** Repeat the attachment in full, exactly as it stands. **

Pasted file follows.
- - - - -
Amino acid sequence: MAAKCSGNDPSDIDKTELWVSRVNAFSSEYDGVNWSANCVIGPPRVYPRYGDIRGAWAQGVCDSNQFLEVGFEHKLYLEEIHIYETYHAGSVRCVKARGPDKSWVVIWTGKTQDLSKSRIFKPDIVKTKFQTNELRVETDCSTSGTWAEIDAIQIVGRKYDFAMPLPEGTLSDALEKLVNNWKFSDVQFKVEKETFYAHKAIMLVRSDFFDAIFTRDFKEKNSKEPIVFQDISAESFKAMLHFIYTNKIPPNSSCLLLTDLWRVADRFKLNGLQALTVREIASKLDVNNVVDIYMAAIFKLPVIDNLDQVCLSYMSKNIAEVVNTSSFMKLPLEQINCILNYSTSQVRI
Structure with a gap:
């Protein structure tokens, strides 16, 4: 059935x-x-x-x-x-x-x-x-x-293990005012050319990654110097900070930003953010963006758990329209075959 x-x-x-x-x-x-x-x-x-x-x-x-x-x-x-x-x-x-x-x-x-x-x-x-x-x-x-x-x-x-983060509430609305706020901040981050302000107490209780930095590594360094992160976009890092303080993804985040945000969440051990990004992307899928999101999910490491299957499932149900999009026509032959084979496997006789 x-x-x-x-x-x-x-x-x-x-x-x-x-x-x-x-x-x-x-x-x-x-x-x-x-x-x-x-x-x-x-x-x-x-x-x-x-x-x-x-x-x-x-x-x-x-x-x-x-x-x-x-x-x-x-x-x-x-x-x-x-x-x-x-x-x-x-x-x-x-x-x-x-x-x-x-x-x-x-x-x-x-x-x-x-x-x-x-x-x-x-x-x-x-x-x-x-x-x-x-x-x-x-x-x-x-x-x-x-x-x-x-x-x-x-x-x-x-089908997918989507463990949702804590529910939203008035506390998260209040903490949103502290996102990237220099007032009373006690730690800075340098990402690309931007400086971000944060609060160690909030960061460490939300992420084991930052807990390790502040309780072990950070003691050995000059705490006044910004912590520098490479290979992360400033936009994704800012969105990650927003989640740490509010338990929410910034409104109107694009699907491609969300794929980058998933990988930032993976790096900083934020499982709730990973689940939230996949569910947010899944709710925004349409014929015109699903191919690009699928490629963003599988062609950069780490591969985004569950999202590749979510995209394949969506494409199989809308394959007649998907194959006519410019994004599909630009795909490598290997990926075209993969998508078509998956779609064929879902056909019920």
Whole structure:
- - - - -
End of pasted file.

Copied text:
Amino acid sequence: MAAKCSGNDPSDIDKTELWVSRVNAFSSEYDGVNWSANCVIGPPRVYPRYGDIRGAWAQGVCDSNQFLEVGFEHKLYLEEIHIYETYHAGSVRCVKARGPDKSWVVIWTGKTQDLSKSRIFKPDIVKTKFQTNELRVETDCSTSGTWAEIDAIQIVGRKYDFAMPLPEGTLSDALEKLVNNWKFSDVQFKVEKETFYAHKAIMLVRSDFFDAIFTRDFKEKNSKEPIVFQDISAESFKAMLHFIYTNKIPPNSSCLLLTDLWRVADRFKLNGLQALTVREIASKLDVNNVVDIYMAAIFKLPVIDNLDQVCLSYMSKNIAEVVNTSSFMKLPLEQINCILNYSTSQVRI
Structure with a gap:
């Protein structure tokens, strides 16, 4: 059935x-x-x-x-x-x-x-x-x-293990005012050319990654110097900070930003953010963006758990329209075959 x-x-x-x-x-x-x-x-x-x-x-x-x-x-x-x-x-x-x-x-x-x-x-x-x-x-x-x-x-x-983060509430609305706020901040981050302000107490209780930095590594360094992160976009890092303080993804985040945000969440051990990004992307899928999101999910490491299957499932149900999009026509032959084979496997006789 x-x-x-x-x-x-x-x-x-x-x-x-x-x-x-x-x-x-x-x-x-x-x-x-x-x-x-x-x-x-x-x-x-x-x-x-x-x-x-x-x-x-x-x-x-x-x-x-x-x-x-x-x-x-x-x-x-x-x-x-x-x-x-x-x-x-x-x-x-x-x-x-x-x-x-x-x-x-x-x-x-x-x-x-x-x-x-x-x-x-x-x-x-x-x-x-x-x-x-x-x-x-x-x-x-x-x-x-x-x-x-x-x-x-x-x-x-x-089908997918989507463990949702804590529910939203008035506390998260209040903490949103502290996102990237220099007032009373006690730690800075340098990402690309931007400086971000944060609060160690909030960061460490939300992420084991930052807990390790502040309780072990950070003691050995000059705490006044910004912590520098490479290979992360400033936009994704800012969105990650927003989640740490509010338990929410910034409104109107694009699907491609969300794929980058998933990988930032993976790096900083934020499982709730990973689940939230996949569910947010899944709710925004349409014929015109699903191919690009699928490629963003599988062609950069780490591969985004569950999202590749979510995209394949969506494409199989809308394959007649998907194959006519410019994004599909630009795909490598290997990926075209993969998508078509998956779609064929879902056909019920």
Whole structure: